IS-K Afghan prison attack is ISI ploy to suppress Pashtun insurgency in Waziristan

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Jalalabad before the Taliban takeover. (Representative photo)
Jalalabad before the Taliban takeover. (Representative photo)

A group of ISI-backed militia attacked a jail in the Afghan city of Jalalabad and killed more than thirty people and injured another fifty people. After this attack more than a hundred inmates escaped from the Nangarhar jail most of which are Pakistan faction of the Taliban. The militia attack comes just days after a truce deal was signed between the Afghanistan government and the Taliban that had irked ISI as it wants chaos to continue on the other side of Durand Line.

Sohrab Qadri, a member of the Nangarhar Provincial Council, described the incident as “low-intensity explosions and then a car explosion outside an Afghan government-run prison in Jalalabad on Sunday”. Sohrab Qadri further added that the attackers clashed with security forces after the blasts.

Interestingly, a militant faction of the ISIS (IS-K — Islamic State in Khorasan) claimed responsibility for the Nangarhar prison attack. A statement issued by the ISIS news agency Amaq said that the attack on Sunday was carried out by ISIS fighters. The statement did not provide further details on the attack. A Taliban spokesman said his organization had no hand in the attack. It is an open secret that IS-K is backed by the Pakistan Army and ISI.

Clashes between ISI-backed militia and security forces continued for several hours after the Nangarhar prison attack during which grievous injuries were reported from both sides. Afghan sources say the number of casualties could rise further.

The Nangarhar prison attack came in on Sunday which was the last day of a three-day ceasefire between the Afghan government and the Taliban on Eid al-Adha, before which the Afghan government had already released hundreds of Taliban prisoners.

“If the Taliban had wanted more prisoners to be freed from Afghanistan government’s custody then it could have simply re-negotiated the deal or pressed for their release. The talks had been quite cordial. The Nangarhar prison attack is a clear indication that Pakistan wants to keep the pot boiling in Afghanistan,” an Afghan commander of the Special Operations Corps told News Intervention on condition of anonymity.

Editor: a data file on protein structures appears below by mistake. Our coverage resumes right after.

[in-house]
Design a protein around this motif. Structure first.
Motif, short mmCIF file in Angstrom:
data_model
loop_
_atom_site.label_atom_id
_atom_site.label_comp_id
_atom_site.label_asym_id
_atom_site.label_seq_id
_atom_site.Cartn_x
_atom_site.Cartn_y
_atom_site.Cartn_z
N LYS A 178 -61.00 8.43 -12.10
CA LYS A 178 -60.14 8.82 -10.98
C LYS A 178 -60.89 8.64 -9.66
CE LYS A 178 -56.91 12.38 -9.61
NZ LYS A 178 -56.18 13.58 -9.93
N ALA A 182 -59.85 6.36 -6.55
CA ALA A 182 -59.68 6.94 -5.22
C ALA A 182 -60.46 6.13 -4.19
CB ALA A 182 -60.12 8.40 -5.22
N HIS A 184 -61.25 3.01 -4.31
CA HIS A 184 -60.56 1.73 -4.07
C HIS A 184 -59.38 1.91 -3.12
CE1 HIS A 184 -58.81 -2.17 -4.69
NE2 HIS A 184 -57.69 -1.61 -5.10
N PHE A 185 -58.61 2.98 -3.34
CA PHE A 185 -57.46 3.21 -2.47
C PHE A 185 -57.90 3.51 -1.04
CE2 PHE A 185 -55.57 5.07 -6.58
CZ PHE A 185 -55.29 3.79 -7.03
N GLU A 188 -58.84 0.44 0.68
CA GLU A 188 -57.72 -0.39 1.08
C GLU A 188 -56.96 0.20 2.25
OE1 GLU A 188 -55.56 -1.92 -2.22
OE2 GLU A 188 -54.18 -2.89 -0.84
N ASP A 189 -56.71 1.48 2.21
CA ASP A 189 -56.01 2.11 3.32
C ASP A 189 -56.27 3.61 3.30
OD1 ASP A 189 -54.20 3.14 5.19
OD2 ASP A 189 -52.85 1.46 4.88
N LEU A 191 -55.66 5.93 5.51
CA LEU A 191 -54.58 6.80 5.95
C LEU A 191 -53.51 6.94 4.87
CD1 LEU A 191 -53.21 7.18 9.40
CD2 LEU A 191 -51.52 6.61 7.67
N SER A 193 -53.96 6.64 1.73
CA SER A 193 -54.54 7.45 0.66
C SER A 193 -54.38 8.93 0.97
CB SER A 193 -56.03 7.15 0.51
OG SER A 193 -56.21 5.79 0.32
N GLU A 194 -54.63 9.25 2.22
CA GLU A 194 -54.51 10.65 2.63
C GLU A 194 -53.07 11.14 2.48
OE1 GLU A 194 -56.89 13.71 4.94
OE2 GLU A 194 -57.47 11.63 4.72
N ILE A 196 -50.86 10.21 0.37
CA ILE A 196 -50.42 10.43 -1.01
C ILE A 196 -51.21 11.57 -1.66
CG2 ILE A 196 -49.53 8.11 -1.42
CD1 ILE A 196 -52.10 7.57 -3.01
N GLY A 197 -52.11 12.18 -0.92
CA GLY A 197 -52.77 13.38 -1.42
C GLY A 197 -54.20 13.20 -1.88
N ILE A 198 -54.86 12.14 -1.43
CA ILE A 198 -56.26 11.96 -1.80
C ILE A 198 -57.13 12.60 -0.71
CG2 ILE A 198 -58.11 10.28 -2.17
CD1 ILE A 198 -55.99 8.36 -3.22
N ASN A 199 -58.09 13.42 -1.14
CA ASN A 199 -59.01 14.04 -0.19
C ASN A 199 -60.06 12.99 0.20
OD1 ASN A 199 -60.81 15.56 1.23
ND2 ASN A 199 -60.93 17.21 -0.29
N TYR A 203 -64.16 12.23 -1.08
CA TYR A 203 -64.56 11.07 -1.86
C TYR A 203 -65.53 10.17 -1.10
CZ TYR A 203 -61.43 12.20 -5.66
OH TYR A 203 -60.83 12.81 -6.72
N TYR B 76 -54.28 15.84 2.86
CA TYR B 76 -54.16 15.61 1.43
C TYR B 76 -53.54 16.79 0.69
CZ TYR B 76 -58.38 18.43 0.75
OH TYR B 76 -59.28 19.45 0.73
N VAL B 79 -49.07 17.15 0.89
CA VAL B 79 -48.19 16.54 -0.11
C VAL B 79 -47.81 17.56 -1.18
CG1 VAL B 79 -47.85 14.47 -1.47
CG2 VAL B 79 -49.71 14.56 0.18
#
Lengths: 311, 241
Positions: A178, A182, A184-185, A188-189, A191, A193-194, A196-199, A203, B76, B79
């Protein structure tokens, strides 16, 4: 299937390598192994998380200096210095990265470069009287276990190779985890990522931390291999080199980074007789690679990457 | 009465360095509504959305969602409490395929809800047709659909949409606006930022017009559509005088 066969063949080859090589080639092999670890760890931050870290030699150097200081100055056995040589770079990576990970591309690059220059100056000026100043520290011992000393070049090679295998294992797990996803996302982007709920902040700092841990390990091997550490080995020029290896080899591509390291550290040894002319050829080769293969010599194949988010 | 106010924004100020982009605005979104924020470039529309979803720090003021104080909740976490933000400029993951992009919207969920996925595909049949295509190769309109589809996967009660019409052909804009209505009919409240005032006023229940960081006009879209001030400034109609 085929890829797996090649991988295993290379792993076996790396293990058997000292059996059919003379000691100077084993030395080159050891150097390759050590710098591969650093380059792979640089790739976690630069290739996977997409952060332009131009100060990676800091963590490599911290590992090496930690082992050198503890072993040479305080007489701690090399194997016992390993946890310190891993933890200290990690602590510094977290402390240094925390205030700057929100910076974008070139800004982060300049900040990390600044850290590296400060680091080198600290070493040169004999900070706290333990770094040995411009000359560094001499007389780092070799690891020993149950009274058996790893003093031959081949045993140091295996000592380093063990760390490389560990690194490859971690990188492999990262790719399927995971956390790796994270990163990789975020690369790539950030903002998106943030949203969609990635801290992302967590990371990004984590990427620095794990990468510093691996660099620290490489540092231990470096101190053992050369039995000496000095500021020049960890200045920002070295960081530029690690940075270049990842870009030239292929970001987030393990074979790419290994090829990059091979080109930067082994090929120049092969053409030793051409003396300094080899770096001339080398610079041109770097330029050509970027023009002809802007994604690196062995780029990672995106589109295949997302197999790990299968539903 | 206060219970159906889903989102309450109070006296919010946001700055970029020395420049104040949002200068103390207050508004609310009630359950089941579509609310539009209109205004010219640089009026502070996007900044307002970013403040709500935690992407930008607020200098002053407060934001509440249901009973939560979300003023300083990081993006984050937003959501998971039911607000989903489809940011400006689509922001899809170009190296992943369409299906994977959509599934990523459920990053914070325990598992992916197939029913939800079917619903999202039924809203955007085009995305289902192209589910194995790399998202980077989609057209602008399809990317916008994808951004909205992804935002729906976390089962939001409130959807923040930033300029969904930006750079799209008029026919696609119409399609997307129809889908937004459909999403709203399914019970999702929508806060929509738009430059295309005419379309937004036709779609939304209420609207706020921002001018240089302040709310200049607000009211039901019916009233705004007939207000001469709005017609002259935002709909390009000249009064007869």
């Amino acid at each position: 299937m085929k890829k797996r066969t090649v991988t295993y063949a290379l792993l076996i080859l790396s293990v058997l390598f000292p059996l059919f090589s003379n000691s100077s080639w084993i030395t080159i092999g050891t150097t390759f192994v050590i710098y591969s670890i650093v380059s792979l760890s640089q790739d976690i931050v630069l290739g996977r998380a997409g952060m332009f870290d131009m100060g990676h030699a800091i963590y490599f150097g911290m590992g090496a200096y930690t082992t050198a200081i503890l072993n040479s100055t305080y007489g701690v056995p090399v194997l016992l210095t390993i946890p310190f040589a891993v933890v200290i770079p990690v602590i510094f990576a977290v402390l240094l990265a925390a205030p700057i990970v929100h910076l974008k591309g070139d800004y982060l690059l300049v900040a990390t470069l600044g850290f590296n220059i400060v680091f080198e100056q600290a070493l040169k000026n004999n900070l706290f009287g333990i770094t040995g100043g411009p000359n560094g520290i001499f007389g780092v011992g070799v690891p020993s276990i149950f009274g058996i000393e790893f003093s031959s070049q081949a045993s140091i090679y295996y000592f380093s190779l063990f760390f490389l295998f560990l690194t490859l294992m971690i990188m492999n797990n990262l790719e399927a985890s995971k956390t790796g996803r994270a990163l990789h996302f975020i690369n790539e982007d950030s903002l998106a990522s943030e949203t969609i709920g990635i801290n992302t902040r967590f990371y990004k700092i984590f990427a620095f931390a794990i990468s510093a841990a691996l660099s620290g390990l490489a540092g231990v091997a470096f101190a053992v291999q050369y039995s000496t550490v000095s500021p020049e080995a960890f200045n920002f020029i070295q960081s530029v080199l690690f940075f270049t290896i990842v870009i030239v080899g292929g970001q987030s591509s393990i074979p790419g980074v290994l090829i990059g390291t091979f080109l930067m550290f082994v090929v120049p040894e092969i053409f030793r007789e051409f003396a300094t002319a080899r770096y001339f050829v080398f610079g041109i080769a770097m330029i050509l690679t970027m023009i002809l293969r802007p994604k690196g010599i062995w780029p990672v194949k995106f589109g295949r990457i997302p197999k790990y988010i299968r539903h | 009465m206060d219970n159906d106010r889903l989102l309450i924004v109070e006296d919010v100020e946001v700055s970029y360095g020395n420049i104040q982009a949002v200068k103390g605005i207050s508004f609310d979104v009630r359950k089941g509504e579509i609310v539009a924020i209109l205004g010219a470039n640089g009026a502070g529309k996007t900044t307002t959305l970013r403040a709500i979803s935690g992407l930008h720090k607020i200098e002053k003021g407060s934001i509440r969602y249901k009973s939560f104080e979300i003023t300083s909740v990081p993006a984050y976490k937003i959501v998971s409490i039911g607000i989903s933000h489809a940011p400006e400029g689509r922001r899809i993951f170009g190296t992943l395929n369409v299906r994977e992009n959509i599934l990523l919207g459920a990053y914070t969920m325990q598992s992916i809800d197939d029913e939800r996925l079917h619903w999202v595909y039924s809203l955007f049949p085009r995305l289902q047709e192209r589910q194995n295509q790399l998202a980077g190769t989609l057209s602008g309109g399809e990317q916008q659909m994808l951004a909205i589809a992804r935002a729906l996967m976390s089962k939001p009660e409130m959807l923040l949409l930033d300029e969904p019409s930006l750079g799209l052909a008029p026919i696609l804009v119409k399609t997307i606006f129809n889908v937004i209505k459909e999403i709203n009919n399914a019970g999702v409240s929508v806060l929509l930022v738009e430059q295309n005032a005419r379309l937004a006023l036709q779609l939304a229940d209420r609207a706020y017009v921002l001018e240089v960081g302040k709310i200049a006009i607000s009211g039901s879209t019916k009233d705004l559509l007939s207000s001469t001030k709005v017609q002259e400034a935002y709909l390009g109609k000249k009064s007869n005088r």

In fact, under a peace deal reached between the United States and the Taliban in February this year, the Afghan government is obliged to release 5,000 Taliban prisoners. The Taliban, on their part, have released around 1,000 Afghan prisoners from their custody. If the Taliban had wanted prisoners from the Nangarhar prison to be freed it simply had to add their names in the list of Taliban being freed under the peace deal.

Also, the inter-Afghan talks are set to begin after the release of prisoners under the peace deal. Afghanistan’s President Ashraf Ghani and the Taliban had hinted that inter-Afghan talks could begin after Eid al-Adha. And if this peace deal works out then Pakistan would be left to deal with Pashtun insurgency across Waziristan, which is gaining momentum by the day.

It in this backdrop that ISI put out its proxy faction of the ISIS (IS-K) to carry out attacks at the Nangarhar prison in Jalalabad. “An unstable Afghanistan and chaos on both side of the Durand Line is ISI’s way of dealing with Pashtun insurgency,” explained the Afghan commander of Special Operations Corps.

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